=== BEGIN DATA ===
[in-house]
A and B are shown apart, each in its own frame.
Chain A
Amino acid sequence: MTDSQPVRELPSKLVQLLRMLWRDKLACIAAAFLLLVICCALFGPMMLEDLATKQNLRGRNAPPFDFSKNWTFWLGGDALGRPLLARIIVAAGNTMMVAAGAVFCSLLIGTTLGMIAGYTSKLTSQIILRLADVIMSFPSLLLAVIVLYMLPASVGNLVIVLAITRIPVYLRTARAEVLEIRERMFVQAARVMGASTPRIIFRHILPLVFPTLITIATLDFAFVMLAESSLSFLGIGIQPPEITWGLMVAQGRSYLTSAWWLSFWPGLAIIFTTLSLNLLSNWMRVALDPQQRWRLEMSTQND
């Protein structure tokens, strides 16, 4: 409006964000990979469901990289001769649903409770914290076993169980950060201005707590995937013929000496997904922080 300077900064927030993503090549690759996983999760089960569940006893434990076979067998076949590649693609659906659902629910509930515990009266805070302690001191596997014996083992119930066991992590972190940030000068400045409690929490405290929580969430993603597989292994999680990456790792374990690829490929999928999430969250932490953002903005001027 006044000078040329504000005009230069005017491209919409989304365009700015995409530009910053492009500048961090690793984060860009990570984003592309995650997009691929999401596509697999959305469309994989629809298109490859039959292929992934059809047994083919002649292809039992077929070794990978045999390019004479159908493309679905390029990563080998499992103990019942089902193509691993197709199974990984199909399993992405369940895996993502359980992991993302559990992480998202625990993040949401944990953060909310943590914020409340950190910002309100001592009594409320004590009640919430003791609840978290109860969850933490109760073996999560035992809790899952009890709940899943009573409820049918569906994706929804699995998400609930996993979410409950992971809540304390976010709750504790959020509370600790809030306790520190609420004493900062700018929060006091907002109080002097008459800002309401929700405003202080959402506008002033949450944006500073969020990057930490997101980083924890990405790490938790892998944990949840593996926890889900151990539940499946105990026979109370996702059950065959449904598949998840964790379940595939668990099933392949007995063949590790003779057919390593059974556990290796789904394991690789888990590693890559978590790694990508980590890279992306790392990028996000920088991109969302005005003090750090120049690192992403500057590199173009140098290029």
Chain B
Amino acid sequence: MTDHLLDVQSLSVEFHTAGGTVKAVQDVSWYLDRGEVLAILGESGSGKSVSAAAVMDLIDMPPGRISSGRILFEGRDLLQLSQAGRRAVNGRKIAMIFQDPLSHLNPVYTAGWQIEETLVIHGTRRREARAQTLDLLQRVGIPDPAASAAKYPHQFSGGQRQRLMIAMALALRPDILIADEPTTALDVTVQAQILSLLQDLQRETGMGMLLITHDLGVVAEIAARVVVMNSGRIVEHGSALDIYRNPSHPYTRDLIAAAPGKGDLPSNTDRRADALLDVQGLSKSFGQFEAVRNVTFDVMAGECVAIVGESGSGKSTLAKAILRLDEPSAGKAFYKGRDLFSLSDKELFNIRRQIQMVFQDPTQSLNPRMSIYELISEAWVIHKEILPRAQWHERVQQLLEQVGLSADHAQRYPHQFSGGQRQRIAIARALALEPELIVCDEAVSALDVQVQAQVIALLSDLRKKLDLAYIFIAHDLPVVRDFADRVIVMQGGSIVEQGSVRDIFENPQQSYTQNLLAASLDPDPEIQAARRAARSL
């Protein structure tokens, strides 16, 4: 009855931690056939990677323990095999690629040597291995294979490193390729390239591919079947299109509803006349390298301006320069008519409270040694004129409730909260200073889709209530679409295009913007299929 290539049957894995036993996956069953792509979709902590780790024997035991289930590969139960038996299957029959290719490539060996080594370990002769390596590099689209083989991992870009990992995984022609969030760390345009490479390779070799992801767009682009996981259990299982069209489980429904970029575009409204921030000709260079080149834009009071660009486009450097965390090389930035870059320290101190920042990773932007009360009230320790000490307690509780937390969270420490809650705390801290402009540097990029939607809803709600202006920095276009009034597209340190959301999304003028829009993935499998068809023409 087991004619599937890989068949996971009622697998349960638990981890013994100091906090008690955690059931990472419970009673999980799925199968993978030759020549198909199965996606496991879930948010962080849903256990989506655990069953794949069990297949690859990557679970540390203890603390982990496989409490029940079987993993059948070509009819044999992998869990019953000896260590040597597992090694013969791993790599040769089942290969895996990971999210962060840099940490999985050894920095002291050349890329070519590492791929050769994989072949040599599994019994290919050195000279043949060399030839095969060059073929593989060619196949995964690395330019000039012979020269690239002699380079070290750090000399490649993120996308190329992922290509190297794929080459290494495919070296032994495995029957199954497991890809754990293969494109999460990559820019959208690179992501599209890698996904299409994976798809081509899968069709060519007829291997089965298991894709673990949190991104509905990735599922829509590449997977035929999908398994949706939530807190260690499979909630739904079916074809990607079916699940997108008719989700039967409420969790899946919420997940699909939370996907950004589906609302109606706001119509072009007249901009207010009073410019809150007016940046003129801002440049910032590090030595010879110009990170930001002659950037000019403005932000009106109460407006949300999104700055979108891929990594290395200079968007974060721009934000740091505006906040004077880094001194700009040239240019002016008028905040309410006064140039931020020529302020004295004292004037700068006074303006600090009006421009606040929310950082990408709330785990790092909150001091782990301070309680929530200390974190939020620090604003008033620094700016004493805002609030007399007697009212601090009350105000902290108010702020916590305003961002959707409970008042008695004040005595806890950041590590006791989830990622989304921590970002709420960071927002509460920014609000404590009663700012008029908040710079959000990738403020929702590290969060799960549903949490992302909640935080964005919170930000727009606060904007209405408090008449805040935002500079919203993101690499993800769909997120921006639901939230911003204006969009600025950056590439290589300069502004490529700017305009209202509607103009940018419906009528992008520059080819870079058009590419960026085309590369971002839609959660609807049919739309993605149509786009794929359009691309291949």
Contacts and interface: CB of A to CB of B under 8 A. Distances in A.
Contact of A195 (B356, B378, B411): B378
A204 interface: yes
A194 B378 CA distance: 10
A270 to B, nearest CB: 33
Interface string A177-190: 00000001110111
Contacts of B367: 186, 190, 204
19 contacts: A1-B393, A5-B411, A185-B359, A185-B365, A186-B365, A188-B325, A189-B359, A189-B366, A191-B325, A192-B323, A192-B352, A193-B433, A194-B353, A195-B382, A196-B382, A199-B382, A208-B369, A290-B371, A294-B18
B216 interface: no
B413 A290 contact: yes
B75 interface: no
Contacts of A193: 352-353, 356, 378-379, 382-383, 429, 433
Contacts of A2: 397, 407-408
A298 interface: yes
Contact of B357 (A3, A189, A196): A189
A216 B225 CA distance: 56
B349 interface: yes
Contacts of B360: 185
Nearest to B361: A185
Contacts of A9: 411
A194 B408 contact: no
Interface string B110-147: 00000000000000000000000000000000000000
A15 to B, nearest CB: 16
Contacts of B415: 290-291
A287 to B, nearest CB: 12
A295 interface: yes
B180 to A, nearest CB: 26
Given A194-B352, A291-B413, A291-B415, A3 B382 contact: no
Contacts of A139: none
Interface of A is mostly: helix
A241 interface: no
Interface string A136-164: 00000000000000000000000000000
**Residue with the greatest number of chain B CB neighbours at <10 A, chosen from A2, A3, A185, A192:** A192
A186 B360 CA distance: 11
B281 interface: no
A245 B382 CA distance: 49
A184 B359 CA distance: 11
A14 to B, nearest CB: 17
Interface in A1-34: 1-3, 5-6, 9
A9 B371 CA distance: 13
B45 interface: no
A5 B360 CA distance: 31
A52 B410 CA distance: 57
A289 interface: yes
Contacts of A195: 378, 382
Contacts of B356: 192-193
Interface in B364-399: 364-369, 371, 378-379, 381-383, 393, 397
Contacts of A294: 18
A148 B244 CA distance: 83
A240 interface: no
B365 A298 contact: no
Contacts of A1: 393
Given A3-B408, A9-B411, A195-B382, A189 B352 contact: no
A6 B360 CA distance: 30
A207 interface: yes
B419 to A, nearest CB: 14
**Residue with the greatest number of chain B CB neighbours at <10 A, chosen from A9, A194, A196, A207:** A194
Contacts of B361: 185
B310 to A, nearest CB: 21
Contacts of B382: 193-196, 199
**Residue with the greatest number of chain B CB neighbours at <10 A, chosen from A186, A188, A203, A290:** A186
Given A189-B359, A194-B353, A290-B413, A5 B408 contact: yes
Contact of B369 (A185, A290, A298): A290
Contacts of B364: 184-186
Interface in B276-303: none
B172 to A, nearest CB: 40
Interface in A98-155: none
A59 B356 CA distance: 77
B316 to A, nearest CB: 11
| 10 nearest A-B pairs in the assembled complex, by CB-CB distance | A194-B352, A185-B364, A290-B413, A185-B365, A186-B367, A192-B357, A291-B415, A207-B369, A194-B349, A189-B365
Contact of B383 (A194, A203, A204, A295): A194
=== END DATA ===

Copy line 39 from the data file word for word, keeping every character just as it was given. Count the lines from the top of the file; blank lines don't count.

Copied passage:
A241 interface: no